The days when kids played outside until the street lights came on seem long gone. If kids are told to go play with their friends, they’re somehow in front of the television or a computer screen setting up their game system.
It’s not entirely an act of defiance, though. They’re playing with people near and far thanks to gaming’s online component.
If it wasn’t evident by the headset and impenetrable concentration on the screen, gaming gets real. Real interactive.
Gaming ‘safe zone’
Outside of 25-year-old Autumn Frey’s bedroom door at least three times a week, you hear — in no specific order — “thanks for the like on the stream” or “good shot”.
When you walk into her second-floor bedroom, you’re immediately drawn to the bright green poster boards patched on the wall in the corner, serving as a DIY green screen.
Multiple monitors sit on two desks — one horizontal to her closet and another behind that one, creating her own gamer island, so to say. And underneath the action, sitting on a shelf behind a collection of wires running from the desks to power sources, her secret weapon for sustainability — energy powder.
Frey started streaming in July 2019 in response to a lot of toxicity she noticed surrounding the game. Kids who wanted to give it a try were immediately judged by their winning odds and other statistics.
“I’m here because I’ll play with anybody. It doesn’t matter what win percentage you have. It doesn’t matter if you lose every single game. I’ll play with anybody,” Frey said.
Frey wanted to create a “safe zone” with positive vibes for people to play and watch. And, she’s playing with people all over, including North Carolina, Canada and Ohio.
Her followers have an opportunity to play with her as long as they’re both online at the same time. Through Party Chat, she’s able to talk with her teammates using a headset and in the bottom left hand corner of streams, you can watch her as she plays.
Frey’s first console was a Playstation 2 and she played games like NASCAR and Dance, Dance Revolution with her grandpa since she doesn’t have siblings. The system is a far cry from the Playstation 4 she’s sporting now, but that’s where her love for gaming began.
She started playing NBA 2K18 with little know-how about the game. In real life, she has never even played basketball before. But, with consistency and dedication, she became extremely good, averaging at least 90 out of 99 in ranks with her players.
Frey has a player for about every basketball position on the court, but she prefers playing with the point guard.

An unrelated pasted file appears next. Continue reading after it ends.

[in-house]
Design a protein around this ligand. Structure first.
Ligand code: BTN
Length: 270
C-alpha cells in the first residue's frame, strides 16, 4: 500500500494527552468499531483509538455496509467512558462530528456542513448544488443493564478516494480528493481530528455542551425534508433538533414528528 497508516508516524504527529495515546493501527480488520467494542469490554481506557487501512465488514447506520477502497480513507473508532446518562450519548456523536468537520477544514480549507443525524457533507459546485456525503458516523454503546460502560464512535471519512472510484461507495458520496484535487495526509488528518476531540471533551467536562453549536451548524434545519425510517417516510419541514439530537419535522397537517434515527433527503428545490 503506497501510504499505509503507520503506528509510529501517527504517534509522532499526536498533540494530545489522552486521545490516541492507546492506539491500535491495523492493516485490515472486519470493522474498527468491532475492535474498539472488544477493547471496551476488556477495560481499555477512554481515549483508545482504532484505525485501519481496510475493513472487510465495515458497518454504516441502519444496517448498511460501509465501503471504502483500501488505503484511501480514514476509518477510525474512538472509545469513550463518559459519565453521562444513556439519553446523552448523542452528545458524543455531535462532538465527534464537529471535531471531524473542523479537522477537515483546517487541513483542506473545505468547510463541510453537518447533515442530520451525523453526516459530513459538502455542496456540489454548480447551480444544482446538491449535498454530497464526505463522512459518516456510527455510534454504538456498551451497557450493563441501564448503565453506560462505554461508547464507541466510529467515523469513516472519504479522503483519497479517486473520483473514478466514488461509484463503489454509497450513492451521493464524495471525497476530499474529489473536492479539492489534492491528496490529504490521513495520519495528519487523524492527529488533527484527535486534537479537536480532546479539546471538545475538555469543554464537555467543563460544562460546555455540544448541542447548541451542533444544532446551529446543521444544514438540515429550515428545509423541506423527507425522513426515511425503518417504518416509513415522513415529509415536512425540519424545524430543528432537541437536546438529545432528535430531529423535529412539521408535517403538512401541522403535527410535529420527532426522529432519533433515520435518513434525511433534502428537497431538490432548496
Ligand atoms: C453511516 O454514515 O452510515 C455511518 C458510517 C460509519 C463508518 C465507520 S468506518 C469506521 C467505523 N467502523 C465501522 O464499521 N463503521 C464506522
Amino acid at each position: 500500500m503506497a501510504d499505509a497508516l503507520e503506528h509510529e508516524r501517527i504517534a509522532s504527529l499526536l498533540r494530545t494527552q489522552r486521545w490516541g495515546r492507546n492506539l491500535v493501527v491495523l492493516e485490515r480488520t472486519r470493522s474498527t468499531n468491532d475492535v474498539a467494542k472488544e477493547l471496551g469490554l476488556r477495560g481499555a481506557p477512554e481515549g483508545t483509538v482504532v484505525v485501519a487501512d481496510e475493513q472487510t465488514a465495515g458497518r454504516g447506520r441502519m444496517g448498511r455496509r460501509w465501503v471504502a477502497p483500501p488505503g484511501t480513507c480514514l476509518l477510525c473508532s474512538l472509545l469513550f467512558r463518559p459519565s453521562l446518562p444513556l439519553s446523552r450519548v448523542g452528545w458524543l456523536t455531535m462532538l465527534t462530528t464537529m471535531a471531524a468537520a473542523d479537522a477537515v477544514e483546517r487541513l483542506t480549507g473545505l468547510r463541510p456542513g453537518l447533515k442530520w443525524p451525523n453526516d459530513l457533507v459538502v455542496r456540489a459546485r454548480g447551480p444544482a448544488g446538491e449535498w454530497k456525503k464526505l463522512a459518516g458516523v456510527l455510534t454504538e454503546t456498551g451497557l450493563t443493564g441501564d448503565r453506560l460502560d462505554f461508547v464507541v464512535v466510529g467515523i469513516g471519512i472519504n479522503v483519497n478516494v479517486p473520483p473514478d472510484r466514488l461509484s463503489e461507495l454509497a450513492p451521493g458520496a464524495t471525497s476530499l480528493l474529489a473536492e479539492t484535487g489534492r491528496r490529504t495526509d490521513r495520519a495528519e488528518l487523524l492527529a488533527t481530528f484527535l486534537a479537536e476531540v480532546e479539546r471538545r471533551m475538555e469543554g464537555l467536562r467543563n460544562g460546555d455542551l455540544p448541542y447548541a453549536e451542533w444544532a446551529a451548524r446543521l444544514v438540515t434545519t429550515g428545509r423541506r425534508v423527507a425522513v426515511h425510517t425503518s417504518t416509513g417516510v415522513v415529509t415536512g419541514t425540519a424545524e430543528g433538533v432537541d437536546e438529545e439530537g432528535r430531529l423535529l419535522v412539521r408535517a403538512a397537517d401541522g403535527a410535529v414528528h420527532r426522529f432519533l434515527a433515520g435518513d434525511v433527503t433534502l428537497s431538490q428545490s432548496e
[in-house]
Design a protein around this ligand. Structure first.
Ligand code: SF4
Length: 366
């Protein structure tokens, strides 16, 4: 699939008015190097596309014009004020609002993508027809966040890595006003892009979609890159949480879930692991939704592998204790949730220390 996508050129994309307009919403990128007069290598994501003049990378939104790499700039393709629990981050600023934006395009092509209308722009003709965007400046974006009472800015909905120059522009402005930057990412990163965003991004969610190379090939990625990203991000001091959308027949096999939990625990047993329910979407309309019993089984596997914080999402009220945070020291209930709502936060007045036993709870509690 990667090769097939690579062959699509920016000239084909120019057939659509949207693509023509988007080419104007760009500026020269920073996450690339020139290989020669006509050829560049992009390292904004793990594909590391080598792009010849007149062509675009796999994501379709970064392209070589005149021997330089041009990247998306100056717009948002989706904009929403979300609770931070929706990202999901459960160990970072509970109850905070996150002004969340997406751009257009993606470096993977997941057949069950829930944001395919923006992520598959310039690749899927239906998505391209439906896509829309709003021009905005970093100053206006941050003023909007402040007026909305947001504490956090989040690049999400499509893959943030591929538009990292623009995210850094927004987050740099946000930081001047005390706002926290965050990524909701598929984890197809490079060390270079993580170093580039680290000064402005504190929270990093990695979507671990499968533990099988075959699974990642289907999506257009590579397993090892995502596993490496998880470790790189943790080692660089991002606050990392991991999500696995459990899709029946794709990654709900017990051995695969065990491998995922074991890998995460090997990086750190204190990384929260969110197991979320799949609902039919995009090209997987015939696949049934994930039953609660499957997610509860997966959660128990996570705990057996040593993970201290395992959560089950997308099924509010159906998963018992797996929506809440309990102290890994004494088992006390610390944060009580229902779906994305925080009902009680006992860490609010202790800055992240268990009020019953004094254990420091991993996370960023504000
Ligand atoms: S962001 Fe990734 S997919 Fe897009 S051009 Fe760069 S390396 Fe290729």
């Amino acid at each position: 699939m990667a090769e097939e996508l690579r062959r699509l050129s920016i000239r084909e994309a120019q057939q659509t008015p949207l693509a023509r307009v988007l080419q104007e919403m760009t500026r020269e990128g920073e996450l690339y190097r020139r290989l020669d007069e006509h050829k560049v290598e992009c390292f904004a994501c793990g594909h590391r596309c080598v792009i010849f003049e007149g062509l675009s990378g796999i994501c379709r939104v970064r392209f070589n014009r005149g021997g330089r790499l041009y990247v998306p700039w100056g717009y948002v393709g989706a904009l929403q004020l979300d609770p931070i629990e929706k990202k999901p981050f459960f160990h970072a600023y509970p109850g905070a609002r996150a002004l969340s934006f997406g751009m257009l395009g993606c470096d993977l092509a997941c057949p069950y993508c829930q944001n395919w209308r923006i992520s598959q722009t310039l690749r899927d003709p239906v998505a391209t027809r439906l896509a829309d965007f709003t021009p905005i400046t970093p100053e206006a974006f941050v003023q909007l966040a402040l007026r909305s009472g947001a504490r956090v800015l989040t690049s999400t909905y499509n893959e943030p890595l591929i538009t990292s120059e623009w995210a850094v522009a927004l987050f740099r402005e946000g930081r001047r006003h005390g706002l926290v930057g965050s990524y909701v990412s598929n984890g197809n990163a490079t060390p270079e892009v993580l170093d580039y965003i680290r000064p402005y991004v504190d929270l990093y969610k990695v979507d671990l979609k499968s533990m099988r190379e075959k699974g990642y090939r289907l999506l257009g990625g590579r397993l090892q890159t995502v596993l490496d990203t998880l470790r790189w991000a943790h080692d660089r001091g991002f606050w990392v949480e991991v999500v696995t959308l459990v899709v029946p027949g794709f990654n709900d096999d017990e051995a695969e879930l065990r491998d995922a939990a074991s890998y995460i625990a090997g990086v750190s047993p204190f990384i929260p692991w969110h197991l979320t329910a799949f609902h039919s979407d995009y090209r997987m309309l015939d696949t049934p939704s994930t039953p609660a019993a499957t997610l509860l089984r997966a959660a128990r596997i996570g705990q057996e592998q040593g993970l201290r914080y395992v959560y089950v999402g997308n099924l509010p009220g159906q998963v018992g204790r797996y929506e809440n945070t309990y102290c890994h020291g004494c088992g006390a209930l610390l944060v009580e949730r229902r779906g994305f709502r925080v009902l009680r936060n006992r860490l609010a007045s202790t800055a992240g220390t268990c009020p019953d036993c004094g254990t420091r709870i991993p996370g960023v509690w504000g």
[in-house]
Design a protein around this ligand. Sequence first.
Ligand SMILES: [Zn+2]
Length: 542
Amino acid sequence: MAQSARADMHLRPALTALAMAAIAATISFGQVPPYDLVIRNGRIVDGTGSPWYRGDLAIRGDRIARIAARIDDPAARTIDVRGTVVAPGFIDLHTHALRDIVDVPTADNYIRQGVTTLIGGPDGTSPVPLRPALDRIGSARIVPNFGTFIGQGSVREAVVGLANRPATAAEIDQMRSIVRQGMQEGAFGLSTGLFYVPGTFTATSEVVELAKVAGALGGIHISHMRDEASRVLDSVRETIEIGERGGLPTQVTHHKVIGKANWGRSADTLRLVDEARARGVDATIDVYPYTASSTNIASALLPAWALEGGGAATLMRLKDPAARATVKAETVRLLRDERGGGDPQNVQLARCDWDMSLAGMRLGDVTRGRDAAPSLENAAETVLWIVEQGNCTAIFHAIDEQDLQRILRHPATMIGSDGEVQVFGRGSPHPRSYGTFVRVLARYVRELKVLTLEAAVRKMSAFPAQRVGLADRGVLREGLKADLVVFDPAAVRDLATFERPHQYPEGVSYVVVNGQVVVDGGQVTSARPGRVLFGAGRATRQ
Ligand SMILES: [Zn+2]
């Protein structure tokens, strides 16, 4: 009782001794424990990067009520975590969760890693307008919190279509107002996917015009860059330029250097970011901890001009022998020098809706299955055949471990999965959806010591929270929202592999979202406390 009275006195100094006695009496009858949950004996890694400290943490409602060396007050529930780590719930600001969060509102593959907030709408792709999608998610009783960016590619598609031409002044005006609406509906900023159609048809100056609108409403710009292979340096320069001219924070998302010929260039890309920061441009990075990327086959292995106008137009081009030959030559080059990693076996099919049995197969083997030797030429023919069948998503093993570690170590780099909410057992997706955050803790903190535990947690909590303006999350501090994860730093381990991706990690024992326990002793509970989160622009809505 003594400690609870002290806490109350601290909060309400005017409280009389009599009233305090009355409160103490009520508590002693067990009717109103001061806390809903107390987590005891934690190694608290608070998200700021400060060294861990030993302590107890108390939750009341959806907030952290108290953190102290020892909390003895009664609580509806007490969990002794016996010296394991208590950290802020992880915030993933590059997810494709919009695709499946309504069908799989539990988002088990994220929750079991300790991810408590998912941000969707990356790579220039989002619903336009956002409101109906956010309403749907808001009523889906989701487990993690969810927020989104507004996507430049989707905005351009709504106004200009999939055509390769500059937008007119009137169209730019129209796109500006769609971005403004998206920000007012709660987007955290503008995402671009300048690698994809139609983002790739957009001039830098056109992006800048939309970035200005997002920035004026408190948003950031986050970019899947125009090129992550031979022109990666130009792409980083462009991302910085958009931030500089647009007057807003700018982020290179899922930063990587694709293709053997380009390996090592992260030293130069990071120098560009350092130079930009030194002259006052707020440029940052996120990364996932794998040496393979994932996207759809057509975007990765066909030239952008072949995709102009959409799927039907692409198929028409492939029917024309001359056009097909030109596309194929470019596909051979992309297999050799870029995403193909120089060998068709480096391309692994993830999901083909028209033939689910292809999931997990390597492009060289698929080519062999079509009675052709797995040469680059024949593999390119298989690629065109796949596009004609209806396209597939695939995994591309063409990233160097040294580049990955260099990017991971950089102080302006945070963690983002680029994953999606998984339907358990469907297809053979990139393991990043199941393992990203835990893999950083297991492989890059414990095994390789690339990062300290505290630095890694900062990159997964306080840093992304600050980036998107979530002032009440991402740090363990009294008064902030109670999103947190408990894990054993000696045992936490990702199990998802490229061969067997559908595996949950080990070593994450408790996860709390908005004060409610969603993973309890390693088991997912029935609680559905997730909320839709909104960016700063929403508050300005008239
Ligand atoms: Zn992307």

Support as a female gamer
As a female gamer, she gets backlash from people online commenting on her gender or her weight. Gaming is very male oriented. And, for a girl who’s shooting her shot (literally) in sporting games, she’s even more susceptible to bias and negativity.
“A lot of people tell me to go back into the kitchen. A lot of people won’t respect it because they feel as if girls shouldn’t be playing sports games,” Frey said.
To mock this, Frey created a player with a tattoo that says “female gamer” on his back and “I Stream on Facebook” on his torso.
There are female gamers out there, but some are so popular, Frey says she hasn’t had the chance to chat it up with any.
The “Deluxe Dealz” Facebook page has garnered over 5,000 followers and Frey says many of them remain supportive. By day, Frey is a caregiver, and she sharesthat nurturing nature into her stream, allowing people to reach out and talk about their day or life in general.
“We’re a family…this is more than just me being a streamer and you watching,” Frey said.
One follower on her page mentioned that Frey is “consistent, friendly, and always down to run with supporters.” Another said Frey was the first female gamer he ever followed and that “the content and the way she communicates [in] her chat is amazing.”
In the future, Frey hopes to partner with Facebook and take her streaming to the next level. You can catch her stream Mondays, Wednesdays, and Fridays between 9 p.m and 10 p.m. on the “Deluxe Dealz” Facebook page.
Jasmine Vaughn-Hall is a trends reporter with the York Daily Record. She’s dishing out most-talked about topics, occasional features, and taco fandom. Contact her at firstname.lastname@example.org, 717-495-1789 and follow her on Twitter @jvaughn411.
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